As a primary head, Bob Garton is often wary of parents coming to him with good ideas which could involve a lot of work for his school.
So when Shpresa, an Albian complementary school, suggested setting up an Albanian after-school club at Gascoigne Primary in Barking, east London, he initially only agreed to a three-month trial.
However, he was soon enthused about the work that his school could do with Shpresa ("hope"), which works with 300 pupils across nine schools.
The relationship blossomed, and Shpresa started a regular club, with language lessons and traditional dance classes.
Mr Garton's experience is an example of how the Our Languages project - a government-funded scheme that aims to encourage the integration of community complementary schools with their mainstream counterparts - has helped promote community languages.
Mr Garton told researchers: "All I have got for them is praise. All I get is really good payback, in community relations, parental relations. I am more than happy."
Pupils from minority communities often attend complementary schools to learn their community language. This project helped mainstream schools support the teaching in these complementary schools - and also gave mainstream schools the opportunity to teach minority languages, enabling a wider range of pupils to take part.
A study of the two-year initiative has found many other successes in the scheme. They include projects in which primaries in London's Vauxhall and Kennington entered into ventures with Portuguese-language schools. Others in Hackney, in the north of the capital, worked with Turkish-language teachers.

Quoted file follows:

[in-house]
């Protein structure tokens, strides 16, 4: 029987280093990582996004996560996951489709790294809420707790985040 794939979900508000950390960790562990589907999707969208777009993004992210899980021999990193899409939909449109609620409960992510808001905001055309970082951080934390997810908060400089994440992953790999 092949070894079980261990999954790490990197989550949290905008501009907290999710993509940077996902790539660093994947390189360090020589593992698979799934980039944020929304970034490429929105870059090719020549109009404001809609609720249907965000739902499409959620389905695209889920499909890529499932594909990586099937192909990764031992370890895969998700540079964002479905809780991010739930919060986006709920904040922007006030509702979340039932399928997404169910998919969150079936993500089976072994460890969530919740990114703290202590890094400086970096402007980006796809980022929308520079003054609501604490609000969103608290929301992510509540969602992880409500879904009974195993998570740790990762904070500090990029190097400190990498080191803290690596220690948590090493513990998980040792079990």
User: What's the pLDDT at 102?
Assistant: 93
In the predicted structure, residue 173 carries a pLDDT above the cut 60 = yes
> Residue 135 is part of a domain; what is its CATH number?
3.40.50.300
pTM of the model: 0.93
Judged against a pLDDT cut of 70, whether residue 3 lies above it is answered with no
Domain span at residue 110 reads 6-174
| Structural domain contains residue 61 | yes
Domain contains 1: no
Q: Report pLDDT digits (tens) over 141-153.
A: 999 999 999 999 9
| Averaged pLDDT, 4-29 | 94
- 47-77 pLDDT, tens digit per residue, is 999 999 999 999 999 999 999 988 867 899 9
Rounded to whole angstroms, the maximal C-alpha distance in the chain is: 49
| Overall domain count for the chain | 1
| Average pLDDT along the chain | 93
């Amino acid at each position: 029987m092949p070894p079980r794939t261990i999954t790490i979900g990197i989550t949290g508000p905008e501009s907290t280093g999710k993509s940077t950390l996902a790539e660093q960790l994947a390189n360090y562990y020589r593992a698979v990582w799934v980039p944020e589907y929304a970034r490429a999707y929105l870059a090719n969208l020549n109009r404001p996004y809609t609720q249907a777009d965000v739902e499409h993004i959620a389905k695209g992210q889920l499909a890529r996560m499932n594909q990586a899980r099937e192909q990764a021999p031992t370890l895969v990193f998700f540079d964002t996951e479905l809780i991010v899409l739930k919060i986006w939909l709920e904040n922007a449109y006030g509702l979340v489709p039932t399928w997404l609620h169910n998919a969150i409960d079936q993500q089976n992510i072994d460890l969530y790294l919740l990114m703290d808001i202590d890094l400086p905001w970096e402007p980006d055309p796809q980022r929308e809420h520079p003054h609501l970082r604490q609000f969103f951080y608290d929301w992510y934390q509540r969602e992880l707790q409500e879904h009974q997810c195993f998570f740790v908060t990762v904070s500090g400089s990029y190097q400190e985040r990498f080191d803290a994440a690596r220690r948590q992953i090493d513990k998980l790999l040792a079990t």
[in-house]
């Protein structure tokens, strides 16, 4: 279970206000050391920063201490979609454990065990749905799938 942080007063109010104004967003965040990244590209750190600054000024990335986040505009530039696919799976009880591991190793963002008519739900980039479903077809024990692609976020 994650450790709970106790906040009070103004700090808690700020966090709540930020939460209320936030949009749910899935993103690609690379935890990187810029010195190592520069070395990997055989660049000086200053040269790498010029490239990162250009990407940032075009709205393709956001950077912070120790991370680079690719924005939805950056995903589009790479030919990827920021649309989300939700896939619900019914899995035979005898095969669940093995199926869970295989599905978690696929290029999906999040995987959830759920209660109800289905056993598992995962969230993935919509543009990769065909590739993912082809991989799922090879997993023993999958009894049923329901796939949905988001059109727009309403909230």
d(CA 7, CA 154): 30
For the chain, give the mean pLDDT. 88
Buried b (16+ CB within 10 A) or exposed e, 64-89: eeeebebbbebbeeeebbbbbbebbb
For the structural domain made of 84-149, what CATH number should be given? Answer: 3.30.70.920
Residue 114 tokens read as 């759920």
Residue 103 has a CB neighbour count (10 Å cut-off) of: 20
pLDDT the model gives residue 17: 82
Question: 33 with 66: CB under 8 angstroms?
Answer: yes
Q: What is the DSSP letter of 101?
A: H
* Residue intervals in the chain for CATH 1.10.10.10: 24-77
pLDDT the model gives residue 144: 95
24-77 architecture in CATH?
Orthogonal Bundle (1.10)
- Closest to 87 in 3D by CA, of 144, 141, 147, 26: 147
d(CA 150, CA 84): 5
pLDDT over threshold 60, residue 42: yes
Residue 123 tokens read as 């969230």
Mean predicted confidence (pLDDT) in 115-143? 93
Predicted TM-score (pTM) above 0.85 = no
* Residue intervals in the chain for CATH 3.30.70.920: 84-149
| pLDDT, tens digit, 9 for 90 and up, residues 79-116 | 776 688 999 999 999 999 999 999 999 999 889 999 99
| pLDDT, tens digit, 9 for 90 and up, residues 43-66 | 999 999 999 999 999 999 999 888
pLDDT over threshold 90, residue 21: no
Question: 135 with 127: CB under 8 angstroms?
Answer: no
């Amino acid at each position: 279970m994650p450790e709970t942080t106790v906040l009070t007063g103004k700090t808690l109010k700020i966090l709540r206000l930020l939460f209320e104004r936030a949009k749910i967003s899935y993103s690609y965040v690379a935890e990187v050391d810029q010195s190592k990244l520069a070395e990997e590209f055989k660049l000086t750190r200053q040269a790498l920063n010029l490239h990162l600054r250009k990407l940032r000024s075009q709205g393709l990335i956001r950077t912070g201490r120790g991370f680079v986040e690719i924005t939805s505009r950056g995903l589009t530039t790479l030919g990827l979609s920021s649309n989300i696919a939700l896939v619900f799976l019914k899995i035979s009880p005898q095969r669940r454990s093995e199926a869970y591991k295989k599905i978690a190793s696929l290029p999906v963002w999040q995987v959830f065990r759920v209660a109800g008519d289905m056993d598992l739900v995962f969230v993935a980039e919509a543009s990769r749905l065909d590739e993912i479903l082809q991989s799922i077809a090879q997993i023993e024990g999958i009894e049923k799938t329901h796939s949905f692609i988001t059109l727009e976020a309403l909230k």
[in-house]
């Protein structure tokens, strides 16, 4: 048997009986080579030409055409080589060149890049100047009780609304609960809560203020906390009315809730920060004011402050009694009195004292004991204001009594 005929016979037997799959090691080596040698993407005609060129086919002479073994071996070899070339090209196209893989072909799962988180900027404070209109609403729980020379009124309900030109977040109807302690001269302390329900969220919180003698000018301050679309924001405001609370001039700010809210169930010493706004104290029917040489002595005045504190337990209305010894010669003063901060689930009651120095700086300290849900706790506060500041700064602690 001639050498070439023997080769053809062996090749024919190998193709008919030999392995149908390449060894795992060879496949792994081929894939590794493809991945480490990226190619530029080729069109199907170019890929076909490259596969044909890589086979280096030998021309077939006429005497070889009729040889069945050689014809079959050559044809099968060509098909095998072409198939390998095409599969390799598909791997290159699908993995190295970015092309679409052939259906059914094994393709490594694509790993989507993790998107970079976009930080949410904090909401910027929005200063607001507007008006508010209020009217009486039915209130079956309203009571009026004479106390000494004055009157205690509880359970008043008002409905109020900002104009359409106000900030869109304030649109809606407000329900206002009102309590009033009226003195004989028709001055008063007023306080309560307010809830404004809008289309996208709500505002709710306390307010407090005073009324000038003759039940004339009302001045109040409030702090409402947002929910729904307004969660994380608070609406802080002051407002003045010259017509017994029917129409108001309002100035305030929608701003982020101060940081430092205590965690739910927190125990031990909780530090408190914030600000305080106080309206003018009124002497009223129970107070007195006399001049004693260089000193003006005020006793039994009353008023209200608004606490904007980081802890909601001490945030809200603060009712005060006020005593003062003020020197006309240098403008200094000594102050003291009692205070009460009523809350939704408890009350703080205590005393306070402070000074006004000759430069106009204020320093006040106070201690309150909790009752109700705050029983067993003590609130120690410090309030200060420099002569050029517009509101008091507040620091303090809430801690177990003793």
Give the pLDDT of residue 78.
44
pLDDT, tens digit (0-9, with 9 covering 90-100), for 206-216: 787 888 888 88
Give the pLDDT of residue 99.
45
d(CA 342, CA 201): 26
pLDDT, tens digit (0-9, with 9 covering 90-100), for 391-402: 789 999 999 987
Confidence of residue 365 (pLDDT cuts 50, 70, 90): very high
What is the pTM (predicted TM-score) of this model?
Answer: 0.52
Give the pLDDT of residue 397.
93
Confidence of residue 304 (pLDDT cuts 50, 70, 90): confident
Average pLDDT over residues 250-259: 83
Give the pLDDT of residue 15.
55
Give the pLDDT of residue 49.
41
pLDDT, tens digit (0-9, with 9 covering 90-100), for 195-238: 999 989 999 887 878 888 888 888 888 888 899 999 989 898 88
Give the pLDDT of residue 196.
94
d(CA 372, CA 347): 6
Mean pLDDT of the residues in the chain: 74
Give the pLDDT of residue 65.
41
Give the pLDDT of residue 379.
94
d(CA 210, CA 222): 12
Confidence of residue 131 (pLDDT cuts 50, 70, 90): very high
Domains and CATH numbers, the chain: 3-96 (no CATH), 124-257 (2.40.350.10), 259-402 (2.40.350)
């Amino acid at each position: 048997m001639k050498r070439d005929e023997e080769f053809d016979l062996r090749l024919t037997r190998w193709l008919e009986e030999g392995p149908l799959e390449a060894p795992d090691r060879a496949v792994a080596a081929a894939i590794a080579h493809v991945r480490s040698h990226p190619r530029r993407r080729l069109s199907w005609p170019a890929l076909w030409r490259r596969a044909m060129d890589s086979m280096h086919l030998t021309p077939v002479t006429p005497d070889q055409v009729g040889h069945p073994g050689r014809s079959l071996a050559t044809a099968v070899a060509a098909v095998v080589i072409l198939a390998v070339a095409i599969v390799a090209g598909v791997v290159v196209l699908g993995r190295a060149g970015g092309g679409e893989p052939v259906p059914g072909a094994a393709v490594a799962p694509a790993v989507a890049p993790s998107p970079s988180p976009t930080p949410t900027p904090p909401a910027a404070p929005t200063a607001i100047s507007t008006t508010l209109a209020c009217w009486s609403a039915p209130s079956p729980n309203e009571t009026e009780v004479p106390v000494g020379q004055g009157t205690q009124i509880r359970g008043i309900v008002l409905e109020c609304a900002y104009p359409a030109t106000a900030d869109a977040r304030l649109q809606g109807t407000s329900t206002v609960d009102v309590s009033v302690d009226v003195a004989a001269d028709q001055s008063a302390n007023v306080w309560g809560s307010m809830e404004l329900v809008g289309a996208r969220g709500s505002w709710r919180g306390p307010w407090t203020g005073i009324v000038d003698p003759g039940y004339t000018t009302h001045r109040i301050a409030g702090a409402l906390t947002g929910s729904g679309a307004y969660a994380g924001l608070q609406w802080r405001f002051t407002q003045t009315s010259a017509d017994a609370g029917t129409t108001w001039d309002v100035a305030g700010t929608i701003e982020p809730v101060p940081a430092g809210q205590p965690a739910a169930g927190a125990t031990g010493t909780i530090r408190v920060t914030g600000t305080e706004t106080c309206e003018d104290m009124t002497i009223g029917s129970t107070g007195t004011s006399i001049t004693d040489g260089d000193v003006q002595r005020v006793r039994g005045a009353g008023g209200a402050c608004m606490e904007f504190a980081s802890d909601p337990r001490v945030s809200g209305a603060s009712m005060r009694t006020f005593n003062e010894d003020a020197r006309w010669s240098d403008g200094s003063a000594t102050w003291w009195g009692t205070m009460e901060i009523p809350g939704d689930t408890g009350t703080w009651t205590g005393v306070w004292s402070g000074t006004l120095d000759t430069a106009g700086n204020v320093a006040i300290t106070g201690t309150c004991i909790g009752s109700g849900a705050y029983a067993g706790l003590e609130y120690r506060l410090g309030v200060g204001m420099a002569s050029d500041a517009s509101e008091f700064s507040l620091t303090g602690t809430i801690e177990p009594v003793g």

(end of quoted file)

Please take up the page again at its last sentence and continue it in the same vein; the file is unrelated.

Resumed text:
Researchers from the University of Birmingham found teaching community languages helped pupils gain qualifications, widened teachers' skills and improved community relations.
The project involved producing a website that has a facility to find out which languages are taught where, setting up links between the two sectors and training for complementary school teachers.
By the end of the project's second year, the number of schools involved had increased from nine to 90, schemes of work were produced by the schools involved and a toolkit on how to establish partnerships was created.
Sarah Cartwright, the Our Languages consortium programme manager, said: "I think one of the best things was seeing the commitment of parents and communities to children's education and how their literacy was being developed."
The project ended in March, although there has been an extension until the end of August to allow for the findings to be shared within the education community.
Kathryn Board, chief executive of Cilt, the organisation that ran the scheme, said: "The project has created a lot of partnerships between mainstream and complementary schools. I think the good links will continue and schools will find ways of making it happen.
"There is interest in trying to build on it, but it will not be easy in a significant recession."